ECU to host discussion of sex trafficking

 

East Carolina University will host a free discussion of sex trafficking at 7 p.m. Sept. 24 in Room RW105A of the Rivers Building on campus.

The event is focused on “Sex Trafficking: A Global and Local Social Problem” and features presentations by ECU graduate Megan Keels, who is volunteering in India to fight against sex trafficking and Anna Smith, co-founder and executive director of Restore One Life. Video clips from the movie “Half the Sky” will be shown as well.

The event is hosted by students in the Baccalaureate Social Work Student Association, Alpha
 Kappa Delta Honor Society and the Anthropology Student Organization.

For more information, contact Dr. Powers at powersr@ecu.edu.

*Individuals requesting accommodation under the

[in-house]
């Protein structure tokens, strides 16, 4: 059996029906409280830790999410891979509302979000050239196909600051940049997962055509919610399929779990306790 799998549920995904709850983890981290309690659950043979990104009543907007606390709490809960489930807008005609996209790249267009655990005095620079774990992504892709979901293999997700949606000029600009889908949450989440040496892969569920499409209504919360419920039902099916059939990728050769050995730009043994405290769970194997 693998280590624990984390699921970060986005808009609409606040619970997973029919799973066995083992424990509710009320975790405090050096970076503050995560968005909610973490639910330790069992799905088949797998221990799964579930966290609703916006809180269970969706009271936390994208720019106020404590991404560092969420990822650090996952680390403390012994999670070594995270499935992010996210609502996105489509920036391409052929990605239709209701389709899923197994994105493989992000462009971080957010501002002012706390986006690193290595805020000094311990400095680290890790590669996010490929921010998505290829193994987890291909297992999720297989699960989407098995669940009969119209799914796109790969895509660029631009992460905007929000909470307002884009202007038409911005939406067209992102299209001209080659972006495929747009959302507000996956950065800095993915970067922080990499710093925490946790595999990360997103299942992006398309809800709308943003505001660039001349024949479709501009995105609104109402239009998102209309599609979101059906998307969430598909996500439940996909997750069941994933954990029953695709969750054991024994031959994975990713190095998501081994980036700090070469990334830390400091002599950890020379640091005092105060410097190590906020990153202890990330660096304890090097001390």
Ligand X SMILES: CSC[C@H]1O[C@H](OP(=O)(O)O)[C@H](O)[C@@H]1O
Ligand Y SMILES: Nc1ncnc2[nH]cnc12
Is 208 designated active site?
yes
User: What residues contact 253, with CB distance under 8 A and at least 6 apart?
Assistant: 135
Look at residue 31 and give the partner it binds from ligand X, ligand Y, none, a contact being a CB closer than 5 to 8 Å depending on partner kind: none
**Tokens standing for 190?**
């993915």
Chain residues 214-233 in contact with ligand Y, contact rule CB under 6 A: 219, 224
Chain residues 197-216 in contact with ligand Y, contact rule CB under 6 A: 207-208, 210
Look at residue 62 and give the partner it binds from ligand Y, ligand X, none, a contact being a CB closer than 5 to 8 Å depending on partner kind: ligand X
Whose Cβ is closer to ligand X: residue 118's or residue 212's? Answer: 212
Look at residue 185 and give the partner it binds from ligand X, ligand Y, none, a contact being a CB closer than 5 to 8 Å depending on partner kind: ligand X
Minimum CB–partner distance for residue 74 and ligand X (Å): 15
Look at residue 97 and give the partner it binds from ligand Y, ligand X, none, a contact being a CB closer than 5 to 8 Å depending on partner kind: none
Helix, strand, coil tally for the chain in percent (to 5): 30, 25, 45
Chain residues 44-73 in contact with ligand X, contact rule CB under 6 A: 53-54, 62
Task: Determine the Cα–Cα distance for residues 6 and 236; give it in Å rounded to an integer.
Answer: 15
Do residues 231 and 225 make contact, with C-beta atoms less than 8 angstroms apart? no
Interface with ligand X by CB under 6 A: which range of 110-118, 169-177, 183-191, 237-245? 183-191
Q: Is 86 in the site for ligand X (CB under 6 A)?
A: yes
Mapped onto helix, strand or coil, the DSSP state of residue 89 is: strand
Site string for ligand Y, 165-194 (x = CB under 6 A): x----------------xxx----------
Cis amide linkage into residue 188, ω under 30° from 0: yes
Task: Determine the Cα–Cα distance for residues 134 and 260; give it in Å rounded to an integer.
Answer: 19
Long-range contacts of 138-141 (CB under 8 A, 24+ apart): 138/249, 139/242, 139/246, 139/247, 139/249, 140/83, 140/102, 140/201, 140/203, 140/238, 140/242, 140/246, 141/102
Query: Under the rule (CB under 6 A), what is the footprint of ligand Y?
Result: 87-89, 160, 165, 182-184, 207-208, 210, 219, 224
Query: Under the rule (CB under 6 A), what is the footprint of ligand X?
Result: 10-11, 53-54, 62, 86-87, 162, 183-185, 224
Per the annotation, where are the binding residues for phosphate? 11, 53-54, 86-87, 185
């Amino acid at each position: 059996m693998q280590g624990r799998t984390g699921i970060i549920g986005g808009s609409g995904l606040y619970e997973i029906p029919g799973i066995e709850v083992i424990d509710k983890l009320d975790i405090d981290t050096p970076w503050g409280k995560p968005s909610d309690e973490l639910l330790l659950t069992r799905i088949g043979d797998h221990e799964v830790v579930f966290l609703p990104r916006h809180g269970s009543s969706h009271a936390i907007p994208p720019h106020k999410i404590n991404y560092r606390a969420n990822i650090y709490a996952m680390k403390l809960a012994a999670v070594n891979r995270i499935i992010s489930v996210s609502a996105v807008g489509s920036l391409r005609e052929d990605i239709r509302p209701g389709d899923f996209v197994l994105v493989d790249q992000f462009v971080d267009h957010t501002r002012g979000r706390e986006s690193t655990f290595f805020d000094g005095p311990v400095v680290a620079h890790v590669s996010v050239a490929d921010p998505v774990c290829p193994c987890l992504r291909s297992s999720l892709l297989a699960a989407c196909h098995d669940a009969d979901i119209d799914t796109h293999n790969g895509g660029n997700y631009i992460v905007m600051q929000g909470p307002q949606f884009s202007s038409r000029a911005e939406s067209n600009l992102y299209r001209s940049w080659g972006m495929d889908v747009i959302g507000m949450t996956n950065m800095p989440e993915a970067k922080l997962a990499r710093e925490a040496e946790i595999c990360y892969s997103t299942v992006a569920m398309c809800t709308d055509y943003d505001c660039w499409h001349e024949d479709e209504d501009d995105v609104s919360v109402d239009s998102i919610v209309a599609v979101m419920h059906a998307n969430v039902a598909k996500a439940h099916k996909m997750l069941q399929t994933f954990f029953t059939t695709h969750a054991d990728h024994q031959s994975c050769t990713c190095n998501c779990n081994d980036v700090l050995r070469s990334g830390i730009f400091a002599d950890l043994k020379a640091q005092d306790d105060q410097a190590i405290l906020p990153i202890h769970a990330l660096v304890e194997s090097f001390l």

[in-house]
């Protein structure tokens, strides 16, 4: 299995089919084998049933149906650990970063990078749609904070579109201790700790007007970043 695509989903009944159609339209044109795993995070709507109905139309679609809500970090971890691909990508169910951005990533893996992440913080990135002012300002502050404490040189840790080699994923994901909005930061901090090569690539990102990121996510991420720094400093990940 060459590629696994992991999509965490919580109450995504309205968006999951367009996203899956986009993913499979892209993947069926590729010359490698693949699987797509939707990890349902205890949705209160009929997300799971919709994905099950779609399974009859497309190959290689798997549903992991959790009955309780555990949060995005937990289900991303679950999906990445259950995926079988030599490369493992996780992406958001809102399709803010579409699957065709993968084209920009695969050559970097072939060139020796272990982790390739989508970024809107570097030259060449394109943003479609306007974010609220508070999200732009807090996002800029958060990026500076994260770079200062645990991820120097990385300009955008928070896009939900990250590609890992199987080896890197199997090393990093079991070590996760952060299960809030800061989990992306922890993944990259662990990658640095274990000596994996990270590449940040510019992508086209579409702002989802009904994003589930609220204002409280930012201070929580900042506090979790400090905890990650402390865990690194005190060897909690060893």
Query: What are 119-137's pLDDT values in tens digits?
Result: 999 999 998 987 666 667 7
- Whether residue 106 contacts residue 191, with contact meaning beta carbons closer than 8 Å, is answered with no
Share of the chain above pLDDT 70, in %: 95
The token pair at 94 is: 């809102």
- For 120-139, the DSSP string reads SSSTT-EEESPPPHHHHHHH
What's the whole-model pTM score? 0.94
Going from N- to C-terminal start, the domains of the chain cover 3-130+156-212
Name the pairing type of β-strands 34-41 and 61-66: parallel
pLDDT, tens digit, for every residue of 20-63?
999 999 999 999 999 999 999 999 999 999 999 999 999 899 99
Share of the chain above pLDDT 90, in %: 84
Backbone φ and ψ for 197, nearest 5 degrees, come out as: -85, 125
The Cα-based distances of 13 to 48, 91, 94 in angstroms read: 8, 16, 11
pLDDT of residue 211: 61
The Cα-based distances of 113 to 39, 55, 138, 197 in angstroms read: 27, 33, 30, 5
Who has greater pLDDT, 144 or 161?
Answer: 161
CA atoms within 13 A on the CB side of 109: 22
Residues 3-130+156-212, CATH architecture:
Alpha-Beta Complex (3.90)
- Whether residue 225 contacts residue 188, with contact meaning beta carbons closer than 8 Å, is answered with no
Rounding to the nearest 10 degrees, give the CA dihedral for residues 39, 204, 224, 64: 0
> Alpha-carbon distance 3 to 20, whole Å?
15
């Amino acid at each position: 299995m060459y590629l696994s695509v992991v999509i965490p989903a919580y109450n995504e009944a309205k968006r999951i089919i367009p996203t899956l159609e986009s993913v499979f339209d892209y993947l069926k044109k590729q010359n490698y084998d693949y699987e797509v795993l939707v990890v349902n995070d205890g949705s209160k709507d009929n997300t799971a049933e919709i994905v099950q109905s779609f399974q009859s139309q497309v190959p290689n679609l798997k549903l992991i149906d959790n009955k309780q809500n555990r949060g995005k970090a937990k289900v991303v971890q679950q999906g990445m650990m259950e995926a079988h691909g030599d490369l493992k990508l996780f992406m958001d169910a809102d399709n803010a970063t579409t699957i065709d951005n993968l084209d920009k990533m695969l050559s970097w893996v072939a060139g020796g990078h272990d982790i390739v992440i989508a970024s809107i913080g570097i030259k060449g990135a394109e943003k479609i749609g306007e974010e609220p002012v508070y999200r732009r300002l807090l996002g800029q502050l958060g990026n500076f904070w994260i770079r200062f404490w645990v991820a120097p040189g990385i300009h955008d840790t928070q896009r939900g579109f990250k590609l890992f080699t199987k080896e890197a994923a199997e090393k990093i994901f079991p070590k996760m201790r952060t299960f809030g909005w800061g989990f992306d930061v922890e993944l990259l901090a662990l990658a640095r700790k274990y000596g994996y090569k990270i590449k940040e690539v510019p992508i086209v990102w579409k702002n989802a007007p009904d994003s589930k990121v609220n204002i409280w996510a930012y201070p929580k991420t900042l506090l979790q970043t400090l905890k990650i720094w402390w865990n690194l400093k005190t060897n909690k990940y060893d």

Americans with Disabilities Act (ADA) should contact the Department for Disability Support Services at least 48 hours prior to the event at (252) 737-1016 (Voice/TTY))

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Expert on evolutionary genomics to speak at ECU

Dr. Rasmus Nielsen, one of the world’s leading experts on evolutionary genomics and professor of integrative biology at the University of California, Berkeley, will lead a free, public seminar at 12:30 p.m. Oct. 2 in Room 209 of the Science and Technology Building at East Carolina University.

Nielsen

The lecture, “The Search for Footprints of Adaptation in Genomic Data,” is sponsored by The Thomas Harriot College of Arts and Sciences and the Department of Biology, as part of the THCAS Advancement Council Distinguished Professorship in Natural Sciences and Mathematics held by Dr. Kyle Summers.

“Professor Nielsen has been a pioneer in developing methods to detect the signature of natural selection,” said Summers. “His research has provided fascinating glimpses into ancient worlds. For example, samples from underneath the ice cap covering Greenland reveal ecosystems that existed there over a million years ago.”